Chicago, June 3, 2007 -- A new study analyzing men with localized prostate cancer shows that the specialty of the physician they see can influence the type of therapy they ultimately receive. The study, co-led by a urologist and a radiation oncologist at Memorial Sloan-Kettering Cancer Center, found that patients aged 65 to 69 years old who consult a urologist are more likely to undergo surgery to remove the prostate, while those who consult a radiation oncologist and a urologist, regardless of age, usually receive radiation therapy.
"These practice patterns are no surprise but are notable because specialists who treat prostate cancer tend to favor the treatment they themselves deliver, despite the fact that no one has shown one treatment for early stage prostate cancer to be better than another," said Thomas L. Jang, MD, MPH, a physician in the Department of Urology, at Memorial Sloan-Kettering and co-lead author of the study. "It is very important for patients to receive an unbiased, balanced perspective on the full range of treatments."
The study, presented at the annual meeting of the American Society of Clinical Oncologists, reviewed the records of 85,088 men aged 65 and older who were diagnosed with prostate cancer between 1994 and 2002 using information from the SEER (Surveillance, Epidemiology, and End Results) Medicare-linked database to determine the type of specialist they saw and the therapy they received. The treatments included radical prostatectomy (surgery to remove the prostate), radiation therapy, primary androgen deprivation (hormone) therapy, and expectant management (watchful waiting).
Among the men in the study, 50 percent were seen exclusively by a urologist; 44 percent by both a radiation oncologist and urologist; 3 percent by both a medical oncologist and urologist; and 3 percent by all three specialists. A high correlation was observed between the specialist patients saw and the treatment they received. This was especially true in the younger men aged 65 to 69 year old where 70 percent of men who saw only a urologist had a radical prostatectomy. However, if men in this group saw a radiation oncologist and a urologist, 78 percent had radiation therapy. If the men saw a medical oncologist and urologist, 53 percent had a prostatectomy and an almost equivalent number had either radiation therapy (17 percent), expectant management (16 percent), or primary androgen deprivation therapy (14 percent).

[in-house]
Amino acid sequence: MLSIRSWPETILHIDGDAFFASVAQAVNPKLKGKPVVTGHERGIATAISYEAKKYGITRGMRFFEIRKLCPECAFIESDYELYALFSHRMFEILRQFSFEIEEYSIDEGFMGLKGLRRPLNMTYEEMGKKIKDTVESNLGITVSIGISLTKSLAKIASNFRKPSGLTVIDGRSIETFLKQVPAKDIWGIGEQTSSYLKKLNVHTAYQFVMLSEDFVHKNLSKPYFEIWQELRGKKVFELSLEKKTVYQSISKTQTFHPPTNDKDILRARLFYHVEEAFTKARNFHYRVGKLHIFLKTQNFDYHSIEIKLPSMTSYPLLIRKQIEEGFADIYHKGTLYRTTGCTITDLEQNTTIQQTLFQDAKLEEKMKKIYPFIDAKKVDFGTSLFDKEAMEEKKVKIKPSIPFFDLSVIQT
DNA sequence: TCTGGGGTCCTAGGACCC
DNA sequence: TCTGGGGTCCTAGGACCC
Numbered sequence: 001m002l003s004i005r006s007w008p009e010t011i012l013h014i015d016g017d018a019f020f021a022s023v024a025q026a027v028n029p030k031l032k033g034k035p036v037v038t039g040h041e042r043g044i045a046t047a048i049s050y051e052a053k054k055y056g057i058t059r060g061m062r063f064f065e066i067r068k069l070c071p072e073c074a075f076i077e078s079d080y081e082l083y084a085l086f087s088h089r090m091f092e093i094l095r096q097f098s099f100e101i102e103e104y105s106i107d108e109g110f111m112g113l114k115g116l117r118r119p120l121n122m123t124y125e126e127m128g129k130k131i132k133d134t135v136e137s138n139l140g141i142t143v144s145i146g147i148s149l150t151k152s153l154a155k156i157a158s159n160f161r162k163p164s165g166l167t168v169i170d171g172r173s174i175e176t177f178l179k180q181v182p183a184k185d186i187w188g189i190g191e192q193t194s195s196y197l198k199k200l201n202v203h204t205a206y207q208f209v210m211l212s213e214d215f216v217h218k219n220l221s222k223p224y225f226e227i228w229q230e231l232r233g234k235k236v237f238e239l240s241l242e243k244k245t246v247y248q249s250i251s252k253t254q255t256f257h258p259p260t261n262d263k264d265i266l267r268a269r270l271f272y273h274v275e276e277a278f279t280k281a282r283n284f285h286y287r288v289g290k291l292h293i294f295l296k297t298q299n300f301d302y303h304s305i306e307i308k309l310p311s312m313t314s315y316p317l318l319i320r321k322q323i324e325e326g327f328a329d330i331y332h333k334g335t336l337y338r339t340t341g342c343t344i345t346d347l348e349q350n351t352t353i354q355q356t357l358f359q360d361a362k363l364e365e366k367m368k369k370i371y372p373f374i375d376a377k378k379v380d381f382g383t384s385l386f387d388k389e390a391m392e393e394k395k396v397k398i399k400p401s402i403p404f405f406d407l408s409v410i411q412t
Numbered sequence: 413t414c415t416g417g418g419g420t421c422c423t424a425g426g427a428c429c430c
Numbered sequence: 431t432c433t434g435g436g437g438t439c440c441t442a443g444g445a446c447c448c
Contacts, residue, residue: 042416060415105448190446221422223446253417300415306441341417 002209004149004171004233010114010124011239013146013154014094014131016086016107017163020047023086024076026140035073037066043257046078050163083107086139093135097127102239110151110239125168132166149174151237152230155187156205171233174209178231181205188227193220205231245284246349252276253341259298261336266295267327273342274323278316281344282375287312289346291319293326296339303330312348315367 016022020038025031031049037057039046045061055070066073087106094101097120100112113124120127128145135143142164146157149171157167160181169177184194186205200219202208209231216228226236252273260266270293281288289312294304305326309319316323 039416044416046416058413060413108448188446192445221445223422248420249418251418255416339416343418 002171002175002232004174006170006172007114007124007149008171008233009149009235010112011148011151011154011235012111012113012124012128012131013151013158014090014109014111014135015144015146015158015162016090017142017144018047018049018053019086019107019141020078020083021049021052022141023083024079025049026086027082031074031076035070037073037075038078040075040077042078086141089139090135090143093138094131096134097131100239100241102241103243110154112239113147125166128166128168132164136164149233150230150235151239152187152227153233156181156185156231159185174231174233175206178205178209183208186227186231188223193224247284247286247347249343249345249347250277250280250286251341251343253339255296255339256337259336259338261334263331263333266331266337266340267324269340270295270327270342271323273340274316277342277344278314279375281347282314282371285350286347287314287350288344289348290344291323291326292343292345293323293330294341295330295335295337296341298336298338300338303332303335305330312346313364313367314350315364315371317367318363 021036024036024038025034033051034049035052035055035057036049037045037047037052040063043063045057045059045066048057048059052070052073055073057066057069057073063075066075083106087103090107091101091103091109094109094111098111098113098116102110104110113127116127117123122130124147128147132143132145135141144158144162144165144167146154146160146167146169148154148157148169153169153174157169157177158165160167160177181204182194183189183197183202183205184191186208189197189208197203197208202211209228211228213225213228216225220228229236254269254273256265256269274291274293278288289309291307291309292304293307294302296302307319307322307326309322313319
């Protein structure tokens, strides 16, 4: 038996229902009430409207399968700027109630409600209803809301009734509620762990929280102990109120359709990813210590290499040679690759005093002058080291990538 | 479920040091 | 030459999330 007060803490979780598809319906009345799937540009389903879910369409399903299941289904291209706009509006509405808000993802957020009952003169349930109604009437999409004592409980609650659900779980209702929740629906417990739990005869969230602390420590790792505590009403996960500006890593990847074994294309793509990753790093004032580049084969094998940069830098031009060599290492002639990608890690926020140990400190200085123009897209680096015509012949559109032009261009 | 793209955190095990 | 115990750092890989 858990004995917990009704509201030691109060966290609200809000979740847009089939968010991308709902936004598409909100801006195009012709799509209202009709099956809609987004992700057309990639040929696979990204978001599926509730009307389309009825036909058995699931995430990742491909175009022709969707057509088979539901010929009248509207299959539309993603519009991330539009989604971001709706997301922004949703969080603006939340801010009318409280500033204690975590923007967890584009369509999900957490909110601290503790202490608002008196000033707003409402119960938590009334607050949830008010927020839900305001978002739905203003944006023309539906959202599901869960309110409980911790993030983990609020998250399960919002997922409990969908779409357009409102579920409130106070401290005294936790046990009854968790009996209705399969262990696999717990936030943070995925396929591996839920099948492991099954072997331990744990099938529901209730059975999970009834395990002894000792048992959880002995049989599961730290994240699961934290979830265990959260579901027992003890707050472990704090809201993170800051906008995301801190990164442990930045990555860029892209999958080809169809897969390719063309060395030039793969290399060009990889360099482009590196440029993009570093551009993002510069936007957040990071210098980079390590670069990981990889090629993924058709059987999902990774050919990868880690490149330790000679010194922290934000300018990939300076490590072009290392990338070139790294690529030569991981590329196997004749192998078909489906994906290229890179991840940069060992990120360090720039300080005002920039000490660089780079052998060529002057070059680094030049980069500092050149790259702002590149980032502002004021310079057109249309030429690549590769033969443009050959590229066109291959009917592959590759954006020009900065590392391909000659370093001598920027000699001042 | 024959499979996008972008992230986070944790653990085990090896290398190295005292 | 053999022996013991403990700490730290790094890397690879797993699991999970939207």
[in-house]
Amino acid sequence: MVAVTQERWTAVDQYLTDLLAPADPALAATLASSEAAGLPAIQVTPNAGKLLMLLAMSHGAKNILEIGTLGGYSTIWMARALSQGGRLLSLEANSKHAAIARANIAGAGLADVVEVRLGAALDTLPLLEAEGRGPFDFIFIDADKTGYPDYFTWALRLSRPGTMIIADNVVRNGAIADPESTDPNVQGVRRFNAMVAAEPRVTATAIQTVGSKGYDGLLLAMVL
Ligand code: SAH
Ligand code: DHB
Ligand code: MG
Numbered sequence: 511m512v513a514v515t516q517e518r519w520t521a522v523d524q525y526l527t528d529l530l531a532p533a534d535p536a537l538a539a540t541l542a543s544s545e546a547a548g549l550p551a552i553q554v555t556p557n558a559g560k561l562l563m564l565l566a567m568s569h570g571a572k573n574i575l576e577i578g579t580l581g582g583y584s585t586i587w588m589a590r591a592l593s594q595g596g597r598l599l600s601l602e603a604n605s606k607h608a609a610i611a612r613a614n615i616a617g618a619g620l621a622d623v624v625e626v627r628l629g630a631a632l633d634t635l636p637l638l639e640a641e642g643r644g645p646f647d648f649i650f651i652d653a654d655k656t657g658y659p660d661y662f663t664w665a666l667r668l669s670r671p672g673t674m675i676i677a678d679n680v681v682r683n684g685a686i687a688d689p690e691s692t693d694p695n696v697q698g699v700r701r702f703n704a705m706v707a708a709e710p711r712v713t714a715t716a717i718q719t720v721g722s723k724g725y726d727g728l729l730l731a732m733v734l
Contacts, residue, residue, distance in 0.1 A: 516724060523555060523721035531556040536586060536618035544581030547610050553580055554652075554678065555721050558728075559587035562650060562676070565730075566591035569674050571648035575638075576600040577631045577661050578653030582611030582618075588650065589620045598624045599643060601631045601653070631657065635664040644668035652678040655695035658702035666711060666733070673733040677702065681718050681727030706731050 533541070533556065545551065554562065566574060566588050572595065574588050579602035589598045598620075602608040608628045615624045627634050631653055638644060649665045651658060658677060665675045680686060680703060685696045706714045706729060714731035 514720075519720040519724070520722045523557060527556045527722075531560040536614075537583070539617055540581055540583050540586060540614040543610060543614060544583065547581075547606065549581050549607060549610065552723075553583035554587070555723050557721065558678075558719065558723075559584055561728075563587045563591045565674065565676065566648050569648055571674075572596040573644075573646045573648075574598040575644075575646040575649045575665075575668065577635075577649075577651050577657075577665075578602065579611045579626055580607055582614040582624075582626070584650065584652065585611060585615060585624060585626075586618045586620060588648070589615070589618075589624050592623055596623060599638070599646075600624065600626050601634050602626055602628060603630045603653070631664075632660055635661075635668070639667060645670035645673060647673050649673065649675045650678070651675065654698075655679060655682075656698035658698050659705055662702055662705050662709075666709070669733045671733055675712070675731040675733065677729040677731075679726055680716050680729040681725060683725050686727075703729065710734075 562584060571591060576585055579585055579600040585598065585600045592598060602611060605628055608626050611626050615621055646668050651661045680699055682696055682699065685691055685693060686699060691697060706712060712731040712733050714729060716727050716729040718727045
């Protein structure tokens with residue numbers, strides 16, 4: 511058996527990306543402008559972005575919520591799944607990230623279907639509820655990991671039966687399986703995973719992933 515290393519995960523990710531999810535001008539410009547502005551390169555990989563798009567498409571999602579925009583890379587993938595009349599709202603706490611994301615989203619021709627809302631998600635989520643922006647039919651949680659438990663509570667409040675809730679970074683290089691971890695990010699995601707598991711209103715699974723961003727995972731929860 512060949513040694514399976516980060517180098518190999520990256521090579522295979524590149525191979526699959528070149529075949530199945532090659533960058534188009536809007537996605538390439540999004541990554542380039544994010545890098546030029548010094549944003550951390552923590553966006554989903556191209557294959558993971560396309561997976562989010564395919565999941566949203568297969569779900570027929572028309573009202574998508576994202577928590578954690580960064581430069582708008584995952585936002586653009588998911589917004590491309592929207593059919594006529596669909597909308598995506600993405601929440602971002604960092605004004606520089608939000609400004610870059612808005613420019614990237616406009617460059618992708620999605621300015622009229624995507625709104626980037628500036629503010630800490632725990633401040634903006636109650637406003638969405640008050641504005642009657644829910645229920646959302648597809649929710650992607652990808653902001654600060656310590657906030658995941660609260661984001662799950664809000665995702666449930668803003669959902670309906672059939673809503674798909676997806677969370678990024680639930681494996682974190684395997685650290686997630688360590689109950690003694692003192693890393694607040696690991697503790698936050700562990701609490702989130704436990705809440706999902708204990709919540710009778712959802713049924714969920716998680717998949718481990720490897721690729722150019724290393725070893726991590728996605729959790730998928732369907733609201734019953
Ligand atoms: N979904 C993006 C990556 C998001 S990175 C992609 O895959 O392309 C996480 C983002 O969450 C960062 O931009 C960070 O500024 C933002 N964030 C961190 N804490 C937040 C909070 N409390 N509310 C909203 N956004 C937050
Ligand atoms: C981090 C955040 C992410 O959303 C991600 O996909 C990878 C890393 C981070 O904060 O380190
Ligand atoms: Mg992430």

"Because outcomes for men are similar whether they have surgery or radiation therapy, there are often other factors that a patient considers when deciding their most optimal treatment," said Justin Bekelman, MD, a physician in the Department of Radiation Oncology at Memorial Sloan-Kettering and co-lead author of the study. "When speaking with physicians who have particular expertise in prostate cancer — be they urologists, radiation oncologists, or medical oncologists — men should seek a balanced perspective on the risks and benefits of all available therapeutic options."
"The treatments for early stage prostate cancer have different side effects, different recovery profiles, and involve a different commitment of time," said Deb Schrag, MD, a medical oncologist and health services researcher in Memorial Sloan-Kettering Cancer Center's Department of Epidemiology and Biostatistics and the study’s senior author. "It is imperative that men be advised about the details of all options so that they can make an informed decision that is right for them."
In 2007, the American Cancer Society predicts that 218,890 men will be diagnosed with prostate cancer. The 5-year relative survival rate for men with localized prostate cancer is nearly 100 percent. Treatment side effects vary. The most common are urinary incontinence and erectile dysfunction for prostatectomy; diarrhea and erectile dysfunction for radiation therapy; loss of libido, hot flashes and breast tenderness for hormone therapy. There are no physical side effects associated with watchful waiting.
Drs. Peter T. Scardino, Michael J. Zelefsky, Colin B. Begg, Peter B. Bach, Elena B. Elkin, Ethan M. Basch, and Yihai Liu of Memorial Sloan-Kettering participated in this study. It was funded, in part, by grants from the National Institutes of Health and the National Cancer Institute.
Memorial Sloan-Kettering Cancer Center is the world’s oldest and largest institution devoted to prevention, patient care, research, and education in cancer. Our scientists and clinicians generate innovative approaches to better understand, diagnose, and treat cancer. Our specialists are leaders in biomedical research and in translating the latest research to advance the standard of cancer care worldwide. For more information, go to www.mskcc.org.
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